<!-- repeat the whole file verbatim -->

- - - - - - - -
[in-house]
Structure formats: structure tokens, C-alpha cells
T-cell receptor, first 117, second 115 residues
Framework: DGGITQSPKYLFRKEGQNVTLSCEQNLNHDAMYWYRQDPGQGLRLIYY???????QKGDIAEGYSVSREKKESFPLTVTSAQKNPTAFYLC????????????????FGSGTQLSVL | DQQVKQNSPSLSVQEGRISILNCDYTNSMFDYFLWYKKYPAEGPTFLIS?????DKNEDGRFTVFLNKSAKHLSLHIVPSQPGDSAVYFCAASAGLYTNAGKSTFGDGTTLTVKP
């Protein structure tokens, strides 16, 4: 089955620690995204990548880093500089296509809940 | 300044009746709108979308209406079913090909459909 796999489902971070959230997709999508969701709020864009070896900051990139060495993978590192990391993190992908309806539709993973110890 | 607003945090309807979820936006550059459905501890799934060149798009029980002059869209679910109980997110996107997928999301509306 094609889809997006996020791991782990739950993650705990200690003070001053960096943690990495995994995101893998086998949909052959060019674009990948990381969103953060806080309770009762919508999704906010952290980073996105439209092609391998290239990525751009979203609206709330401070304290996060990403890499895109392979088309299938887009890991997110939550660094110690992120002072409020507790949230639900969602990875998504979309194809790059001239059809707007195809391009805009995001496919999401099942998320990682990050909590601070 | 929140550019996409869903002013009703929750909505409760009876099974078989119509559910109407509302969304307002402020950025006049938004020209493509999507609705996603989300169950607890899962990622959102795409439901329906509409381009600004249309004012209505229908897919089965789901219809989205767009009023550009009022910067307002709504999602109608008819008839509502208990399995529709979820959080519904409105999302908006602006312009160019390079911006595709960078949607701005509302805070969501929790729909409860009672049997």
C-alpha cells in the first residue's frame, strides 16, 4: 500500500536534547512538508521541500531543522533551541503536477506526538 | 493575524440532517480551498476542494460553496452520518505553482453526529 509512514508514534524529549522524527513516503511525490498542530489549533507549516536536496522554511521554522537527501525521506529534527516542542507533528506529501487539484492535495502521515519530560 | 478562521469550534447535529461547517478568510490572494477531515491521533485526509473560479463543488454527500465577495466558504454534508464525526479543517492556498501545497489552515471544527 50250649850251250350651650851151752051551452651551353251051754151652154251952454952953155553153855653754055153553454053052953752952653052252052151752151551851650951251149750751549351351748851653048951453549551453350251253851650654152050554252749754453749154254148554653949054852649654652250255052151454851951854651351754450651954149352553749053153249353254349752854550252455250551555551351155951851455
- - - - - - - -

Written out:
[in-house]
Structure formats: structure tokens, C-alpha cells
T-cell receptor, first 117, second 115 residues
Framework: DGGITQSPKYLFRKEGQNVTLSCEQNLNHDAMYWYRQDPGQGLRLIYY???????QKGDIAEGYSVSREKKESFPLTVTSAQKNPTAFYLC????????????????FGSGTQLSVL | DQQVKQNSPSLSVQEGRISILNCDYTNSMFDYFLWYKKYPAEGPTFLIS?????DKNEDGRFTVFLNKSAKHLSLHIVPSQPGDSAVYFCAASAGLYTNAGKSTFGDGTTLTVKP
């Protein structure tokens, strides 16, 4: 089955620690995204990548880093500089296509809940 | 300044009746709108979308209406079913090909459909 796999489902971070959230997709999508969701709020864009070896900051990139060495993978590192990391993190992908309806539709993973110890 | 607003945090309807979820936006550059459905501890799934060149798009029980002059869209679910109980997110996107997928999301509306 094609889809997006996020791991782990739950993650705990200690003070001053960096943690990495995994995101893998086998949909052959060019674009990948990381969103953060806080309770009762919508999704906010952290980073996105439209092609391998290239990525751009979203609206709330401070304290996060990403890499895109392979088309299938887009890991997110939550660094110690992120002072409020507790949230639900969602990875998504979309194809790059001239059809707007195809391009805009995001496919999401099942998320990682990050909590601070 | 929140550019996409869903002013009703929750909505409760009876099974078989119509559910109407509302969304307002402020950025006049938004020209493509999507609705996603989300169950607890899962990622959102795409439901329906509409381009600004249309004012209505229908897919089965789901219809989205767009009023550009009022910067307002709504999602109608008819008839509502208990399995529709979820959080519904409105999302908006602006312009160019390079911006595709960078949607701005509302805070969501929790729909409860009672049997």
C-alpha cells in the first residue's frame, strides 16, 4: 500500500536534547512538508521541500531543522533551541503536477506526538 | 493575524440532517480551498476542494460553496452520518505553482453526529 509512514508514534524529549522524527513516503511525490498542530489549533507549516536536496522554511521554522537527501525521506529534527516542542507533528506529501487539484492535495502521515519530560 | 478562521469550534447535529461547517478568510490572494477531515491521533485526509473560479463543488454527500465577495466558504454534508464525526479543517492556498501545497489552515471544527 50250649850251250350651650851151752051551452651551353251051754151652154251952454952953155553153855653754055153553454053052953752952653052252052151752151551851650951251149750751549351351748851653048951453549551453350251253851650654152050554252749754453749154254148554653949054852649654652250255052151454851951854651351754450651954149352553749053153249353254349752854550252455250551555551351155951851455